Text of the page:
The 28th Global Japan Studies LectureFilling the "Spiritual Vacuum": The Educational Legacy of Occupation Reforms in Japan

Date and time: October 25, 2019 (Fri.) 1:00-3:30PM
Venue: Main Conference Room (3F),
Institute for Advanced Studies on Asia,
The University of Tokyo
Speakers: Jolyon Thomas
(Assistant Professor, Department of Religious Studies, University of Pennsylvania)
Fujiwara Satoko
(Commentator; Graduate School of Humanities and Sociology, UTokyo)
Nishimura Akira
(Commentator; Graduate School of Humanities and Sociology, UTokyo)
Zhong Yijiang
(Chair; Institute for Advanced Studies of Asia, UTokyo)
Language: English

Americans justified Occupation-era reforms in Japan by claiming that post-defeat Japanese society was a "spiritual vacuum." For example, Supreme Commander Douglas MacArthur used this phrase to advocate converting the entire Japanese population to Christianity. But the Americans were not alone in thinking that Japanese people were spiritually bereft. Influential Japanese elites also assumed that defeat had loosed Japan from its spiritual moorings and that Japanese citizens were now morally decadent and spiritually adrift. From the Occupation (1945–52) up through the early 1960s, these claims about Japan's spiritual decline featured in a series of debates about introducing morality education in Japanese public schools. Drawing on publications from the Japan Teachers' Union, the Ministry of Education, and various political pressure organizations, this talk shows that the Occupation-era concept of the "spiritual vacuum" continued to shape debates over religious education, morality, and patriotism long after the occupiers left.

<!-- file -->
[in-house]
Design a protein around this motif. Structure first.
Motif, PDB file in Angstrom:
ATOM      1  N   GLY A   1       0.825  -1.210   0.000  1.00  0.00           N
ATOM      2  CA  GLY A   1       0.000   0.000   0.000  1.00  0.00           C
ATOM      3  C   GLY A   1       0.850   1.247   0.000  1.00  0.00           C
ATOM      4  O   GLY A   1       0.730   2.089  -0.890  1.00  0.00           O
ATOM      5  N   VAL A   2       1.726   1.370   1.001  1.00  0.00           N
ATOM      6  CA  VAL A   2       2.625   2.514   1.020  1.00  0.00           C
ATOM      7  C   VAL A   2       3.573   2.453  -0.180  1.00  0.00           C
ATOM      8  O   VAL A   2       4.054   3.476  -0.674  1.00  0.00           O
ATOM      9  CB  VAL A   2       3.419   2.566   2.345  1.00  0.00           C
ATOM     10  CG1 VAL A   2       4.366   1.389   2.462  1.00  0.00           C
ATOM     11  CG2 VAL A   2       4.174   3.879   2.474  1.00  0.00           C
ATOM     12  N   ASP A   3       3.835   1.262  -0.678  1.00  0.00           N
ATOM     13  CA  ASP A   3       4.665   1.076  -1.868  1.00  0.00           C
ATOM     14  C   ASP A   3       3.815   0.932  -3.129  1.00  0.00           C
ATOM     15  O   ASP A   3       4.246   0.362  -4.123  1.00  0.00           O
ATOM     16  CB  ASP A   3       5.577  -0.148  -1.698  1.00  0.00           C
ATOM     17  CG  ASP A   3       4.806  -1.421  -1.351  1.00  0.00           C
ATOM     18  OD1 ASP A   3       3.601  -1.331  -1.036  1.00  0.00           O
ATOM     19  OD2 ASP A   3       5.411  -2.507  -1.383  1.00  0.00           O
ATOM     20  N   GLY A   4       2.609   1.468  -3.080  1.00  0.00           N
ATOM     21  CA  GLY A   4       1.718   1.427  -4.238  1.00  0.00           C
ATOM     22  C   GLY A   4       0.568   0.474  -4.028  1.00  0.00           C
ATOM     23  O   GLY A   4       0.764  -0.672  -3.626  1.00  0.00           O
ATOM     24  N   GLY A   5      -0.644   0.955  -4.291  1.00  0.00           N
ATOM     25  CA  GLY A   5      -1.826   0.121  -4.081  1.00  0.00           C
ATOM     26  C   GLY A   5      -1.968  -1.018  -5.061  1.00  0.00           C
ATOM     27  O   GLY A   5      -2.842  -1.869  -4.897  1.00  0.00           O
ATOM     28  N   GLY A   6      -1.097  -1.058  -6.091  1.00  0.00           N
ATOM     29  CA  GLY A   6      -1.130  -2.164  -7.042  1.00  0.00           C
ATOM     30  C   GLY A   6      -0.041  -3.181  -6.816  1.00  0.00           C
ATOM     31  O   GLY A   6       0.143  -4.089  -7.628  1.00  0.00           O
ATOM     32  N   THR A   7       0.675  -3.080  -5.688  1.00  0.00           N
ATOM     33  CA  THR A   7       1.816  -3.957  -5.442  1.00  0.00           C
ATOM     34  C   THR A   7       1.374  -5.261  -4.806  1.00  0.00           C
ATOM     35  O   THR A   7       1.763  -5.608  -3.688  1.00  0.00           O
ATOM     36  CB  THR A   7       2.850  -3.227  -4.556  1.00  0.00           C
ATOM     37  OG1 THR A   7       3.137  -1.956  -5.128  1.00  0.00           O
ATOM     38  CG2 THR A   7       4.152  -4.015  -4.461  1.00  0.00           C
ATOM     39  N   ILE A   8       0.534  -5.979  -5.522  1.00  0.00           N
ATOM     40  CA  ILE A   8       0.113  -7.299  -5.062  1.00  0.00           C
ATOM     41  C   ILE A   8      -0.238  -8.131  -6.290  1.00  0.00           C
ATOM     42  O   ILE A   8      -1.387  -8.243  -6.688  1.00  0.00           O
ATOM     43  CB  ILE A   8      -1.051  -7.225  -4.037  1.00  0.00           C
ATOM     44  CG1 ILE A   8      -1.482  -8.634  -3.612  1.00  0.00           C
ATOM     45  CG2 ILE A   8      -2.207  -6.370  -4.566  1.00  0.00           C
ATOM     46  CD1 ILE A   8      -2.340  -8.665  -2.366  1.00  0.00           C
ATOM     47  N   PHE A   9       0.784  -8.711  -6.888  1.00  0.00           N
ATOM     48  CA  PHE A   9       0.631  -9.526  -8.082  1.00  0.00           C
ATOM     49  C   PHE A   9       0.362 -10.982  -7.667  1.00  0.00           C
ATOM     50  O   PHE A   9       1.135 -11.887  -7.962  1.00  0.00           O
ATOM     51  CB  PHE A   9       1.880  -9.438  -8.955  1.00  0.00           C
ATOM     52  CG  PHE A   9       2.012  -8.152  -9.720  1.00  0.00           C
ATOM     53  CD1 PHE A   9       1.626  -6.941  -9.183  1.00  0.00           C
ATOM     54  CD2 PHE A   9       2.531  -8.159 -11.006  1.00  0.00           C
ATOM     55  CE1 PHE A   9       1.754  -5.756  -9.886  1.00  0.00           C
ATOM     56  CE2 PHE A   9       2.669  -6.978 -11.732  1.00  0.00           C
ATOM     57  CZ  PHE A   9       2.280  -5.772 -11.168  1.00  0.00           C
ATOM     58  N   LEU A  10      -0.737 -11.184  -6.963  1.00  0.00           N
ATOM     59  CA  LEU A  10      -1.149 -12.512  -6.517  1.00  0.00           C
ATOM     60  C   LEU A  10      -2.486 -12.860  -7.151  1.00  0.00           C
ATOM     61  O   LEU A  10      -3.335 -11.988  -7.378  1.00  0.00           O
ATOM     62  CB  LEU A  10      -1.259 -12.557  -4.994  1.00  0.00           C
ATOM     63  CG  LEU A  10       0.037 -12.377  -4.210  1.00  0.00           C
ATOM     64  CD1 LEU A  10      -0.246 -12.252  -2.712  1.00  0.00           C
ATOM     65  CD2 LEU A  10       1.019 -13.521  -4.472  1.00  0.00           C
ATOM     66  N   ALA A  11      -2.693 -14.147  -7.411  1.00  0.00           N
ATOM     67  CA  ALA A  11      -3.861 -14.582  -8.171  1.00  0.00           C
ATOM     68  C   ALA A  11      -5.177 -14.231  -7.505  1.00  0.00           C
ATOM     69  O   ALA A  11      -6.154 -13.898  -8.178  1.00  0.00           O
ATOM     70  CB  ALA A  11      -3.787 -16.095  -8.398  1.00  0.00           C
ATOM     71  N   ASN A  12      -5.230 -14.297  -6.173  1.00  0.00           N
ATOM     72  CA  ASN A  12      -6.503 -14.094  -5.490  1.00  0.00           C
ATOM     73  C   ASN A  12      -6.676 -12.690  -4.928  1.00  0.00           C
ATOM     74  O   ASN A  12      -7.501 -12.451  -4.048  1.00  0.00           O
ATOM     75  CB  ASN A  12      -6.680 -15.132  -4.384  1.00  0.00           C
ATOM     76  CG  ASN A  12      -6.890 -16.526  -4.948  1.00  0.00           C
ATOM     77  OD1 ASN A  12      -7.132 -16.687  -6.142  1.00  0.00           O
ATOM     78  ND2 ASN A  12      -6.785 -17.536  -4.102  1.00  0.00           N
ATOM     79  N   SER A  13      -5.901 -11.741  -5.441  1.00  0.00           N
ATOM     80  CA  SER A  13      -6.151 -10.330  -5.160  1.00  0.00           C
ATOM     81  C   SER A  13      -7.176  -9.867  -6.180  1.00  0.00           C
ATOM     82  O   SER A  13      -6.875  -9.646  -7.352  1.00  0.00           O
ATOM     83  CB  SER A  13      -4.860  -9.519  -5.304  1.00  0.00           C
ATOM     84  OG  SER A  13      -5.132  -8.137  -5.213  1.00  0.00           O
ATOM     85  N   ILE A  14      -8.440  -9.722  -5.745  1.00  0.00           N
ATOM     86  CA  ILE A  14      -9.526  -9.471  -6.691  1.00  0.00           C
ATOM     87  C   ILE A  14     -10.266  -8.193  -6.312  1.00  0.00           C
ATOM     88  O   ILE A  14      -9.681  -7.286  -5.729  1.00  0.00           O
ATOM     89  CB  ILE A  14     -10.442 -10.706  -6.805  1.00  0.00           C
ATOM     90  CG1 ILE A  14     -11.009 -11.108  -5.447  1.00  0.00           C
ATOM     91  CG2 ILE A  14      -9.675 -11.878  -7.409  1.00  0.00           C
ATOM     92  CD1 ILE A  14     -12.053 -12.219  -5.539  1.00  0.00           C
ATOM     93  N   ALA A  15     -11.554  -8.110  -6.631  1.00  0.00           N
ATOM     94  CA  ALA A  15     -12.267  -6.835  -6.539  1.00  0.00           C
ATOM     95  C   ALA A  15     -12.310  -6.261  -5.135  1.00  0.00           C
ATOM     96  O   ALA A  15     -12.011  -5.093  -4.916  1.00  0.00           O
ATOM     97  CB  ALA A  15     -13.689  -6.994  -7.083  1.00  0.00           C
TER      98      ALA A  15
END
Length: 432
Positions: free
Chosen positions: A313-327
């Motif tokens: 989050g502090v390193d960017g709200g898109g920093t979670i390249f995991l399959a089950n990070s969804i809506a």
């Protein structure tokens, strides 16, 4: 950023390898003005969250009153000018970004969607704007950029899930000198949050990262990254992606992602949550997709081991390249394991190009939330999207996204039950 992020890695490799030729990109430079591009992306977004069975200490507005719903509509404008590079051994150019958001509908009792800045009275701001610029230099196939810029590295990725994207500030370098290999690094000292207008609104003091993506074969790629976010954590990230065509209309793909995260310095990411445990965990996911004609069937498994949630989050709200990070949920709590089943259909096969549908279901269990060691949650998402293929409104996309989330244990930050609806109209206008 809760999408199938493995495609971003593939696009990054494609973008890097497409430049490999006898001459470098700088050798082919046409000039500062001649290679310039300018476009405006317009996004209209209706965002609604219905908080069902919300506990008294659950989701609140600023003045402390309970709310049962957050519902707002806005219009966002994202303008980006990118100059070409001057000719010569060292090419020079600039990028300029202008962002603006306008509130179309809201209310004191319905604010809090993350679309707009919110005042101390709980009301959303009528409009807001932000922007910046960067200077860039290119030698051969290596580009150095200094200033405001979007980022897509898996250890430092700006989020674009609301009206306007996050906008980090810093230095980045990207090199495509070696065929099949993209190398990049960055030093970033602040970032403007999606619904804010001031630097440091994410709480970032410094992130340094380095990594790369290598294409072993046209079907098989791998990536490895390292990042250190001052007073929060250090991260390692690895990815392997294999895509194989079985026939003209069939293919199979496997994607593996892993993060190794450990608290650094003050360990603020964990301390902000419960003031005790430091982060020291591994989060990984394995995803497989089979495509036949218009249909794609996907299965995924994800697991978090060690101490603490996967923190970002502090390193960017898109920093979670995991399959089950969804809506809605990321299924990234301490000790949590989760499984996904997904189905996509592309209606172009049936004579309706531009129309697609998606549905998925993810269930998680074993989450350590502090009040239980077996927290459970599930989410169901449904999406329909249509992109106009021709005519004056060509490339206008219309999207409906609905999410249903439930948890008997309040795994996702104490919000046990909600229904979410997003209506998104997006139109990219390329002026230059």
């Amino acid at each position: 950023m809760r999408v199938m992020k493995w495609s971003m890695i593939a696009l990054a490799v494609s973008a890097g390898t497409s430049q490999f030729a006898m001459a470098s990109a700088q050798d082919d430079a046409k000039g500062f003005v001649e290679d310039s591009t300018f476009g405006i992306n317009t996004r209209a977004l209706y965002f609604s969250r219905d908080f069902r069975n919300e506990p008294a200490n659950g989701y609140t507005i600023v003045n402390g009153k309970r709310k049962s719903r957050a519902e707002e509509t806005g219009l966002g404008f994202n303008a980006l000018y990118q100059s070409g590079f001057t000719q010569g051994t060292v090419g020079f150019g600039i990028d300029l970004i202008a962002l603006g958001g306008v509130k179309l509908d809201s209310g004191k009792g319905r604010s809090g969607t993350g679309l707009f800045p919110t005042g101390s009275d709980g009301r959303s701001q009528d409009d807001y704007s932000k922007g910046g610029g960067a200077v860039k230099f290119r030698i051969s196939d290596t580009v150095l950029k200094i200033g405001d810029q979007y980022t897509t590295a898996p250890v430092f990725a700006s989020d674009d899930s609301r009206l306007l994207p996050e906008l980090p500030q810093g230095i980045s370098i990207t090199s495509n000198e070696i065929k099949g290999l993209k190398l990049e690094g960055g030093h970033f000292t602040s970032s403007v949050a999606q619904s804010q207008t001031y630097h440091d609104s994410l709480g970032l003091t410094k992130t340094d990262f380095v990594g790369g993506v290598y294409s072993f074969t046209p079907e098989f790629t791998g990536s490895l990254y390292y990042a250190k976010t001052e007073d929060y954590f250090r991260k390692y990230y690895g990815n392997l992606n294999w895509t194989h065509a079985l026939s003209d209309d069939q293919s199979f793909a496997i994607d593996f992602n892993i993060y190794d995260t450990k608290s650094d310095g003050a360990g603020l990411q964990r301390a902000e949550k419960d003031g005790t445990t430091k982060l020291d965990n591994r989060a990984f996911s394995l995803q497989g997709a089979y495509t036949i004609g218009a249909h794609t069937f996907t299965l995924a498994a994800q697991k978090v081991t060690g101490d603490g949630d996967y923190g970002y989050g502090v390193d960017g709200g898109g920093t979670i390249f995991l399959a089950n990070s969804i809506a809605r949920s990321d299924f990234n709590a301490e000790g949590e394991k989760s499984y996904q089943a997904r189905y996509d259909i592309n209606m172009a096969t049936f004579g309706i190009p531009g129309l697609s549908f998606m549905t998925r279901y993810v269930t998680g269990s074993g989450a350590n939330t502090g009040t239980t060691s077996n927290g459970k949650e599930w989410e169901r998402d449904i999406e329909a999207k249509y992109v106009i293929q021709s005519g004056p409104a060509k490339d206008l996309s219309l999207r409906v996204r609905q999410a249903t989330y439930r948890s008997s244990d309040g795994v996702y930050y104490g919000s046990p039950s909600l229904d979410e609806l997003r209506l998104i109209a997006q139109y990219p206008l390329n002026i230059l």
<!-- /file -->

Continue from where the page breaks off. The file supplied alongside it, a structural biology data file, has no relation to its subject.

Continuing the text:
1:00-1:50 Lecture by Jolyon Thomas
1:50-2:10 Comments by Fujiwara Satoko
2:10-2:30 Comments by Nishimura Akira
2:30-2:50 Responce by Jolyon Thomas
2:50-3:30 Discussion and Q&A

Pictures of this event

Organizer: The Global Japan Studies Network (GJS)
Co-organizer: Institute for Advanced Studies on Asia (IASA)
Contact: gjs[at]